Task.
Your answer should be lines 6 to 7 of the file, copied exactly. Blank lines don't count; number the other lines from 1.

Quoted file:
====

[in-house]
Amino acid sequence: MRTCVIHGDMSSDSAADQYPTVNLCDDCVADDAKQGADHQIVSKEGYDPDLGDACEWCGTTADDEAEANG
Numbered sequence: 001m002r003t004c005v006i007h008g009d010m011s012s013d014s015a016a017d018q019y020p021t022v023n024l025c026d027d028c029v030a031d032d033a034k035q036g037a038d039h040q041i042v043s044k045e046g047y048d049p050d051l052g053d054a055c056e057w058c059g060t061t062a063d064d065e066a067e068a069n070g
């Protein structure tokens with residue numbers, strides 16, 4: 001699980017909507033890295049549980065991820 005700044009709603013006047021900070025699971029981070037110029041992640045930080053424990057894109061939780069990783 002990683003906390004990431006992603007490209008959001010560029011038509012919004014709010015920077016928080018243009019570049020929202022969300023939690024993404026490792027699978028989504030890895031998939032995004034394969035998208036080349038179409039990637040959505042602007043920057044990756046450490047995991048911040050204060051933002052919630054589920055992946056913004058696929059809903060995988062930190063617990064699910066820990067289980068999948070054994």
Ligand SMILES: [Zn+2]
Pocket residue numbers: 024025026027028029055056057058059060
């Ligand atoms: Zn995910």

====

Pocket residue numbers: 024025026027028029055056057058059060
């Ligand atoms: Zn995910």